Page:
BMA Concise Guide to Medicine & Drugs


Brand name Arimidex

Used in the following combined preparations None


Drug group Anticancer drug

Overdose danger rating Low

Dependence rating Low

Prescription needed Yes

Available as generic No


Anastrazole is a potent non-steroidal inhibitor of the enzyme that manufactures oestradiol (natural oestrogen) in the body. It can reduce production of oestradiol by more than 80 per cent. It works by blocking oestradiol production in the peripheral tissues of the body, rather than in the ovary itself, so it is not suitable for use in premenopausal women where the ovaries are still producing oestrogen. The drug is used in postmenopausal women to treat types of breast cancer in which the tumour cells have oestrogen receptors (known as oestrogen-receptor-positive breast cancer).

Anastrazole is generally well tolerated; adverse effects are mainly gastrointestinal or gynaecological, and are generally similar to menopausal symptoms. If there is any doubt about whether a woman to be treated is postmenopausal, a biochemical test may be performed.


Your drug prescription is tailored for you. Do not alter dosage without checking with your doctor.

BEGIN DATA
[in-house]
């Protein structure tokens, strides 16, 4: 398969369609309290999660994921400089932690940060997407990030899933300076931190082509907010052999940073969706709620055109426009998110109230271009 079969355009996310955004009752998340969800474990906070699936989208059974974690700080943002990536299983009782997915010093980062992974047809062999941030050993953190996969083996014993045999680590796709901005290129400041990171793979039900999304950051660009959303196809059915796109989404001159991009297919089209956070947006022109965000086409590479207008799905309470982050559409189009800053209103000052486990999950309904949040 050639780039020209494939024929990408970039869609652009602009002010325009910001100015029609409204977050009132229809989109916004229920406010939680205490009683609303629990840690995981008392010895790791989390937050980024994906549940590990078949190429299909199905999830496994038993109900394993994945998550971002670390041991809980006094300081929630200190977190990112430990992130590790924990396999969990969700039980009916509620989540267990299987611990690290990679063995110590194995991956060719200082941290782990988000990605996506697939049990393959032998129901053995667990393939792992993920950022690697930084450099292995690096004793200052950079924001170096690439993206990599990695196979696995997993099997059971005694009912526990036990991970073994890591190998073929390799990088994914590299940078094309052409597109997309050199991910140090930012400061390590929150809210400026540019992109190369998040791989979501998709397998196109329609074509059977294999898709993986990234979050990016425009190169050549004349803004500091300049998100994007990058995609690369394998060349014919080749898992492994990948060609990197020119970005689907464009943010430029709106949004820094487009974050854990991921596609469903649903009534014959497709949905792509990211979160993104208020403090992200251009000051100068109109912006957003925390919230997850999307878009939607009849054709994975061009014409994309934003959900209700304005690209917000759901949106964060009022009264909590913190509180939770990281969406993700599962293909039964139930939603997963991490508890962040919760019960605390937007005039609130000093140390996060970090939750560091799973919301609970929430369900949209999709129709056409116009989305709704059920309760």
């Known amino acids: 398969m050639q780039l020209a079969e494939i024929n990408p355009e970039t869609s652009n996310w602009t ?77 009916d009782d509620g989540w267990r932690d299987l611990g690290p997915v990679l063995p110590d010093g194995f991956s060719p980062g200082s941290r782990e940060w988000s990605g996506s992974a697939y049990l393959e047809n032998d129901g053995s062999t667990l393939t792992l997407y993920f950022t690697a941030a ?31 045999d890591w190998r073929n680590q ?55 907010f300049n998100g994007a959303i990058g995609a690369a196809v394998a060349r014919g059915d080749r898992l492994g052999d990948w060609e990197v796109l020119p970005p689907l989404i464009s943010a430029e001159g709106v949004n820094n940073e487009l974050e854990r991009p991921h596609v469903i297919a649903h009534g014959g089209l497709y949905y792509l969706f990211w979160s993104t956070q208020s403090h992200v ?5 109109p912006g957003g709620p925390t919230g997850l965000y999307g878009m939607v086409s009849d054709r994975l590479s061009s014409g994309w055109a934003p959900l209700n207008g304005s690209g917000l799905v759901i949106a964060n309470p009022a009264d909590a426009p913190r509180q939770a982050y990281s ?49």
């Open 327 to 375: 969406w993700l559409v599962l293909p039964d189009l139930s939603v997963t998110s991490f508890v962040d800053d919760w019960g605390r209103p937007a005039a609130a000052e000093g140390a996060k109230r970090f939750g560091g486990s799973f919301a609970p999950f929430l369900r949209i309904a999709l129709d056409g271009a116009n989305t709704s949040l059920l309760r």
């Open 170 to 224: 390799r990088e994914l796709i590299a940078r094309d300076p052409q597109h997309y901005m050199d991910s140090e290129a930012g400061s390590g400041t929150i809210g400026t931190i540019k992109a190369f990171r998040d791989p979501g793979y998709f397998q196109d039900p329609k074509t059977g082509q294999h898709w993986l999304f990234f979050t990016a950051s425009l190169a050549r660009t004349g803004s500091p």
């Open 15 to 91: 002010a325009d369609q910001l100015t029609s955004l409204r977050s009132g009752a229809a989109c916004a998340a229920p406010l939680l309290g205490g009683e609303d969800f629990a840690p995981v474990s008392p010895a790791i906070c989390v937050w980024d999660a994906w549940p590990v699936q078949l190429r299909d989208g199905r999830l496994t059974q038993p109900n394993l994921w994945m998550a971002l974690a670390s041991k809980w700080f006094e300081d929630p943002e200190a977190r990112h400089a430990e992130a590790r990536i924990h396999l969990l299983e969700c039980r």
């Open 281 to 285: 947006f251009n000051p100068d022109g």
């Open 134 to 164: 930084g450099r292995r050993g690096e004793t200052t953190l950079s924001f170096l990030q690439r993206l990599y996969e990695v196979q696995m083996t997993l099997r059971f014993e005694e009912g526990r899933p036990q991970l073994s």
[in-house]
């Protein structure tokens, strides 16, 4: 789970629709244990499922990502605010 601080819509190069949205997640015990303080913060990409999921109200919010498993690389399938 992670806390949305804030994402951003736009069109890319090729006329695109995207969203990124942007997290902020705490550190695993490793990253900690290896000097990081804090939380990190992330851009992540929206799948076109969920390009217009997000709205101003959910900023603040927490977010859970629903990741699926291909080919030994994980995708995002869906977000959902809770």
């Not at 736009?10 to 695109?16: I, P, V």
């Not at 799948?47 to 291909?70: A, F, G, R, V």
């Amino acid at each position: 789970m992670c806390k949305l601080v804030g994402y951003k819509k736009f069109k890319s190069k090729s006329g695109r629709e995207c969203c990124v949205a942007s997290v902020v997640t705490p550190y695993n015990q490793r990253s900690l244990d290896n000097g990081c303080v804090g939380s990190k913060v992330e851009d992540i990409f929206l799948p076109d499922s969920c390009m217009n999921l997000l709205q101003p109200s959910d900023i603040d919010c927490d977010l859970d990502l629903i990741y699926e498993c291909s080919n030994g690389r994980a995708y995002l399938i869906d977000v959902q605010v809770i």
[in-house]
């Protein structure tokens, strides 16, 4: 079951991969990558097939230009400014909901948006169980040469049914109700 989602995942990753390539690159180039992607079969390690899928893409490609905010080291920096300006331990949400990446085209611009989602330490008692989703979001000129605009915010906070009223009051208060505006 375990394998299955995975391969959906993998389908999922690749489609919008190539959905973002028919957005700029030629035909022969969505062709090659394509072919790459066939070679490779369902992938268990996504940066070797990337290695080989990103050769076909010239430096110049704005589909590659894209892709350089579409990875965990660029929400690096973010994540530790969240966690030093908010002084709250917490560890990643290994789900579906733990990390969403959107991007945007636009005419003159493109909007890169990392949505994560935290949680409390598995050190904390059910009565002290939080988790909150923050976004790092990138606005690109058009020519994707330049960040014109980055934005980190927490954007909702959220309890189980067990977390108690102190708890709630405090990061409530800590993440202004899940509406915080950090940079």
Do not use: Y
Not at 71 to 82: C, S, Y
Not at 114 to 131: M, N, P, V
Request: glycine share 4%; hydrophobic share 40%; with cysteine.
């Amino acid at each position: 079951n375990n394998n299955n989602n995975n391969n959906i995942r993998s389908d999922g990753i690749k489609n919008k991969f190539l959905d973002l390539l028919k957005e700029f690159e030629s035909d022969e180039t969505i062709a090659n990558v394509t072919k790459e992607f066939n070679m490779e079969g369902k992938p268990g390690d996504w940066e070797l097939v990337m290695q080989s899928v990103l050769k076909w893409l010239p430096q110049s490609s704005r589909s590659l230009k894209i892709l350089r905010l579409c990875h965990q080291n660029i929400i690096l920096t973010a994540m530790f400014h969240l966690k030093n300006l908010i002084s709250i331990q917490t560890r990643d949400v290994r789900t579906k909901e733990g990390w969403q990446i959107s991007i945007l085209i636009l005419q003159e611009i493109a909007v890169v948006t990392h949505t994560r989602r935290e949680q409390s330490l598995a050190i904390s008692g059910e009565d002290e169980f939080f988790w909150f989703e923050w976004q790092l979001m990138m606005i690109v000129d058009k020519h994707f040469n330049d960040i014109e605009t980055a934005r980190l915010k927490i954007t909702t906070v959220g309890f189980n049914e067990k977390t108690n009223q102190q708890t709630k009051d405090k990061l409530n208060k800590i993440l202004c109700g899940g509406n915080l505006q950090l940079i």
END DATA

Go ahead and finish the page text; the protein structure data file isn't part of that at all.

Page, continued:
How taken/used Tablets.

Frequency and timing of doses Once daily.

Adult dosage range 1mg.

Onset of effect 30 minutes.

Duration of action 24 hours.

Diet advice None.

Storage Keep in original container at room temperature out of the reach of children.

Missed dose Take as soon as you remember. If your next dose is due within 2 hours, take a single dose now and skip the next.

Stopping the drug Do not stop the drug without consulting your doctor. Stopping the drug may lead to worsening of the underlying condition.

Exceeding the dose An occasional unintentional extra dose is unlikely to be a cause for concern. But if you notice any unusual symptoms, or if a large overdose has been taken, notify your doctor.


Anastrazole is usually well tolerated and any side effects tend to be relatively minor, except for the increased risk of osteoporosis and bone fracture. The more common side effects include hot flushes, headache, fatigue, dizziness, joint pain or stiffness, vaginal dryness, thinning of the hair, nausea, and diarrhoea. If any of these are severe, consult your doctor. Rarely, anastrazole may cause a rash; if so, stop taking the drug and consult your doctor immediately.


Tamoxifen and oestrogens oppose the effects of anastrozole.


Be sure to tell your doctor if:

· You are premenopausal.

· You have osteoporosis.

· You have kidney or liver problems.

· You are allergic to anastrozole.

· You are taking other medicines.

Pregnancy Not prescribed in pregnancy.

Breast-feeding Not prescribed when breast-feeding.

Infants and children Not recommended.

Over 60 No special problems.

Driving and hazardous work Do not drive until you know how the drug affects you. It can cause drowsiness.

Alcohol No known problems.


No known problems.

Monitoring Women with osteoporosis or at risk of osteoporosis will have their bone mineral density assessed at the start of treatment and at regular intervals.